|February 2005 / Issue No. 7
Welcome to the Thorburn Addiction Report. Each month, you can look forward to several sections, including:
1. Top Story of the month
2. Movie or Book Review of the month
3. Dear Doug in which a recent letter to "Dear Annie" or other "help" column is rewritten, with responses given from the unique perspective that alcohol or other drug addiction best explains the misbehaviors described
4. Alcoholic Myth-of-the-Month
5. Alcoholic Antic-of-the-Month, usually from Randy Cassingham's on-line newsletter, This is True
There is something for everyone!
I am pleased to announce that Congressperson Jim Ramstad (Republican, MN) has endorsed my latest book Alcoholism Myths and Realities. In a personal note, he wrote that "every policymaker in America needs to read your book exposing the myths of chemical addiction...Excellent."
To read additional reviews of Alcoholism Myths and Realities please click the link below. If you'd like to add your own review, please email to Jennifer@GaltPublishing.com or post on Amazon or BN.com. All comments are appreciated. If you haven't yet ordered your copy of Alcoholism Myths and Realities it is now available through Galt Publishing and will be in book stores in June.
Now on to the news...
Alcoholism Myths and Realities - Reader's Comments
|Michael Jackson: could addiction to pharmaceutical drugs explain the behaviors?
Top Story: Is Michael Jackson capable of having committed the crime of which he is accused?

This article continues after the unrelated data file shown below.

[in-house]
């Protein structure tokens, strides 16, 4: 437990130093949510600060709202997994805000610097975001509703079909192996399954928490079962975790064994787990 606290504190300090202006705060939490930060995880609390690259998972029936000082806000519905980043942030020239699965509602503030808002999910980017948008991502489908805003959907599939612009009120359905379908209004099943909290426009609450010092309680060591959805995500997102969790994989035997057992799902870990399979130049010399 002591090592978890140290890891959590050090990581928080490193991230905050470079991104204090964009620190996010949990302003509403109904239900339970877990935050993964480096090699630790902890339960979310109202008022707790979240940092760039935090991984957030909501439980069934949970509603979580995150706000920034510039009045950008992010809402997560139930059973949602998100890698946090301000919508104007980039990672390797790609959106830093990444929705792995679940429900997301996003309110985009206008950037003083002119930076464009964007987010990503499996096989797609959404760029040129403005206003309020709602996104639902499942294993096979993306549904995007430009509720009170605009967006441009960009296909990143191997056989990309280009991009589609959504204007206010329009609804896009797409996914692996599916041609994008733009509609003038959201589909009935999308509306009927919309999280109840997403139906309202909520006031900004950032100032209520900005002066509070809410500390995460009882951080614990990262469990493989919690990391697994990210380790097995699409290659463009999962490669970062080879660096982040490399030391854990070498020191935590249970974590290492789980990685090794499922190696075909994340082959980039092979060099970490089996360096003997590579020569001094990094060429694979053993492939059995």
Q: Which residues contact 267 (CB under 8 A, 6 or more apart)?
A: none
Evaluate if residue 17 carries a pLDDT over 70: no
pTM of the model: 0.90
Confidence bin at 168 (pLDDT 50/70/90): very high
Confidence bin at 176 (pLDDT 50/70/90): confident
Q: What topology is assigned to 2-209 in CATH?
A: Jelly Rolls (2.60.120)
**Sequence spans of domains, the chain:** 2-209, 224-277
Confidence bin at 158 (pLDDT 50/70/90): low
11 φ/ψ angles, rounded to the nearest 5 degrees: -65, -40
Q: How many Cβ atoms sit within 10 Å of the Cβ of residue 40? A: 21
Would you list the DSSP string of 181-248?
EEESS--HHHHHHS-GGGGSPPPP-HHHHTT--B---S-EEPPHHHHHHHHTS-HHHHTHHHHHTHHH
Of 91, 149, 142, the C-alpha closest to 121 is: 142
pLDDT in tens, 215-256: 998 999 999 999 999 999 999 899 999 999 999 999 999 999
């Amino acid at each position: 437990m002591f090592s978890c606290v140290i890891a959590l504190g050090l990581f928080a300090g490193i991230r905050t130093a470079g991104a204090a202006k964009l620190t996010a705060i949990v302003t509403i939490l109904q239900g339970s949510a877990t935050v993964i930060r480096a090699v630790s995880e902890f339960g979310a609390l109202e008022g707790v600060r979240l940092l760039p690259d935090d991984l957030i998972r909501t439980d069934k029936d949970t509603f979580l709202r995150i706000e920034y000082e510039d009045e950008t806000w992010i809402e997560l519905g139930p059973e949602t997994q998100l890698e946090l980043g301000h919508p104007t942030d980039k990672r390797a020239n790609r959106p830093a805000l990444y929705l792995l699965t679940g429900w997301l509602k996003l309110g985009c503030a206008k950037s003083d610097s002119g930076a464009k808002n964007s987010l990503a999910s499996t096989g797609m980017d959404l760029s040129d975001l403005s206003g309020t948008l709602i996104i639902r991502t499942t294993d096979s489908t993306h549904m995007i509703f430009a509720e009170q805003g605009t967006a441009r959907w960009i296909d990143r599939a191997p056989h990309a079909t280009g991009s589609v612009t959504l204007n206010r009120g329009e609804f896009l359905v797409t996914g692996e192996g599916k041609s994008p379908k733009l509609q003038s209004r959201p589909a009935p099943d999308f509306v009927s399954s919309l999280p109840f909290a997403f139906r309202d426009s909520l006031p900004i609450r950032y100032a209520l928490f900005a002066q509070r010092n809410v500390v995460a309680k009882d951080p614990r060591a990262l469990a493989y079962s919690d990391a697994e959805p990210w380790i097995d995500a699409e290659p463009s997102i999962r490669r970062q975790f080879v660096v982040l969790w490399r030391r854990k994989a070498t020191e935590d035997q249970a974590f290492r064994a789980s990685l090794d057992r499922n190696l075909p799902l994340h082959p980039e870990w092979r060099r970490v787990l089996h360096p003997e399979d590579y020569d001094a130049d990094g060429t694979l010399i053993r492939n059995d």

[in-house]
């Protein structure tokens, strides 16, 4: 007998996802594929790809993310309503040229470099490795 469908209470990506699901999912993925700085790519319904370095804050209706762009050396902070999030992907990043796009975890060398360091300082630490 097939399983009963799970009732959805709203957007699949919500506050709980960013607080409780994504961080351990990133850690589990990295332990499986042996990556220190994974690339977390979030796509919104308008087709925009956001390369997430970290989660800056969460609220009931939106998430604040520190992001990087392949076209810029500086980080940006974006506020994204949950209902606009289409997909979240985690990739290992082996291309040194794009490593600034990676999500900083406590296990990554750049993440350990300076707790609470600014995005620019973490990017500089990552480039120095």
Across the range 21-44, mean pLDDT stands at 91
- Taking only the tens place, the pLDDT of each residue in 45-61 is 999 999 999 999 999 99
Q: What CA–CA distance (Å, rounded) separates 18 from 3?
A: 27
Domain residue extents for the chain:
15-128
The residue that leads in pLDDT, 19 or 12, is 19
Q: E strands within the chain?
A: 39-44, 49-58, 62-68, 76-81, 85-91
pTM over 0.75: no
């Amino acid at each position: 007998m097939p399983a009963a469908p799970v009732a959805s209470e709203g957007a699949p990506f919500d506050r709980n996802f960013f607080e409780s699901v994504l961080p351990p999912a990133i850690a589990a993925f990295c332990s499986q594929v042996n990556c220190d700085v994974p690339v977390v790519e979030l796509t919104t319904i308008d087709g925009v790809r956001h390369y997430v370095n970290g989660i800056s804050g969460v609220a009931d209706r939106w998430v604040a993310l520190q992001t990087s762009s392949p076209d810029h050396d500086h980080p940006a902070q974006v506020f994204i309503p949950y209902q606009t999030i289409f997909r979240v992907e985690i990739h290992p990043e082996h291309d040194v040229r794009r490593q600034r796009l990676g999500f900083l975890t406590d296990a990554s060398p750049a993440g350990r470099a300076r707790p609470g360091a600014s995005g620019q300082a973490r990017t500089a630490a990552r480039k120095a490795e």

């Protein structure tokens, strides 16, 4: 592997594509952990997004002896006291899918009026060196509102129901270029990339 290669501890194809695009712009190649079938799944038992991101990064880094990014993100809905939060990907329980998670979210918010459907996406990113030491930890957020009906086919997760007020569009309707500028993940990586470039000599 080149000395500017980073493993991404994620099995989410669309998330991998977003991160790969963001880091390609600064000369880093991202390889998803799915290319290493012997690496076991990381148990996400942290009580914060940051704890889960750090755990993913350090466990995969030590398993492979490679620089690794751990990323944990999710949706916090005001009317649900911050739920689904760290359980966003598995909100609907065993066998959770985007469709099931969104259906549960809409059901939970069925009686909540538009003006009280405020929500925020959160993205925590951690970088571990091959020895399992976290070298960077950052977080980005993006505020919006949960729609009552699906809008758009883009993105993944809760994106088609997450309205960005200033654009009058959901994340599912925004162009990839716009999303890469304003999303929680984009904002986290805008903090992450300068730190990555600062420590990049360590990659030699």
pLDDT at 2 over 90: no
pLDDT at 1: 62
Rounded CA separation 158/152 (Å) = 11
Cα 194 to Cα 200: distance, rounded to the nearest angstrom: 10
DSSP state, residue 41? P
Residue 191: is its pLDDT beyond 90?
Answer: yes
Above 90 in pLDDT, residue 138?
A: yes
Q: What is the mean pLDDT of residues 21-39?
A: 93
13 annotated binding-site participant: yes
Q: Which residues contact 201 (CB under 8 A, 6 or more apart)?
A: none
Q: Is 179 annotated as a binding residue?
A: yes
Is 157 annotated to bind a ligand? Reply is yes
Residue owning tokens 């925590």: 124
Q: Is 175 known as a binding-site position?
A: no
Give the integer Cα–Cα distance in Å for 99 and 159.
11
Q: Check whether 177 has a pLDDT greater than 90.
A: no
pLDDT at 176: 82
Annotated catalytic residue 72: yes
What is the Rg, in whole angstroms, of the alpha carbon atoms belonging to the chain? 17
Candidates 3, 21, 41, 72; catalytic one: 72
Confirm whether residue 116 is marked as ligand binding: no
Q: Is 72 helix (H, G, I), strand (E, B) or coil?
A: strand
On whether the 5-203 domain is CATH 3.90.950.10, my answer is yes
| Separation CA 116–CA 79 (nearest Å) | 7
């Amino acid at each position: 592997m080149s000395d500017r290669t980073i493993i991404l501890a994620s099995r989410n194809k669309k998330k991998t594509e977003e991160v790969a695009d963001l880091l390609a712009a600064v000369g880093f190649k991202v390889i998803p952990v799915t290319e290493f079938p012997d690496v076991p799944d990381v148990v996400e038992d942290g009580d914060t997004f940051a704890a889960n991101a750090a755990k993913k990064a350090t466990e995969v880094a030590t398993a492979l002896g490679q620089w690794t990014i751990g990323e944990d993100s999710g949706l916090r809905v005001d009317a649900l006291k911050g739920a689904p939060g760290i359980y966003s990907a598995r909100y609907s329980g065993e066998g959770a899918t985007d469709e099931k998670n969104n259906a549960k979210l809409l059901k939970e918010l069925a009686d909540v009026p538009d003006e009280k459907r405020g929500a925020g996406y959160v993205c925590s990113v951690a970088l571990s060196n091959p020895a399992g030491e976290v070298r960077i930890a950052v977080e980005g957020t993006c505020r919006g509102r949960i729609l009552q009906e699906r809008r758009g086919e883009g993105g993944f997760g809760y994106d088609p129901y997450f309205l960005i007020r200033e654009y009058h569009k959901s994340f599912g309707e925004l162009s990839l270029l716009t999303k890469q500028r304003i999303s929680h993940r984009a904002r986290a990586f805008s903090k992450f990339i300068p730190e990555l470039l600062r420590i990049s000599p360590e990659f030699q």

The trial of Michael Jackson, the extraordinary entertainer who began a bizarre transformation in appearance and behaviors some two decades ago, has begun. It would be shocking that someone who seems so gentle, caring and concerned for the welfare of children could be accused of committing heinous acts of child abuse, were it not for the role that alcoholism may have played throughout Jackson's life.
Alcoholism takes its toll gradually. However, in the case of entertainers and others in the public eye, we need to keep in mind Lucy Barry Robe's admonition that the higher the social status of the addict, the greater the enabling, which includes hiding the addiction from others. The greater the enabling, the less likely the adoring public will learn about the addiction, until it becomes so overwhelmingly obvious that no one can hide it. Multi-billionaire Howard Hughes provided such an example: by the time the public began to get wind of his misbehaviors, Hughes was reported to have acted as bizarrely as Jackson, albeit in his own style. The public missed the "gradualism" of the private toll taken by alcoholism, seen clearly only by the enablers.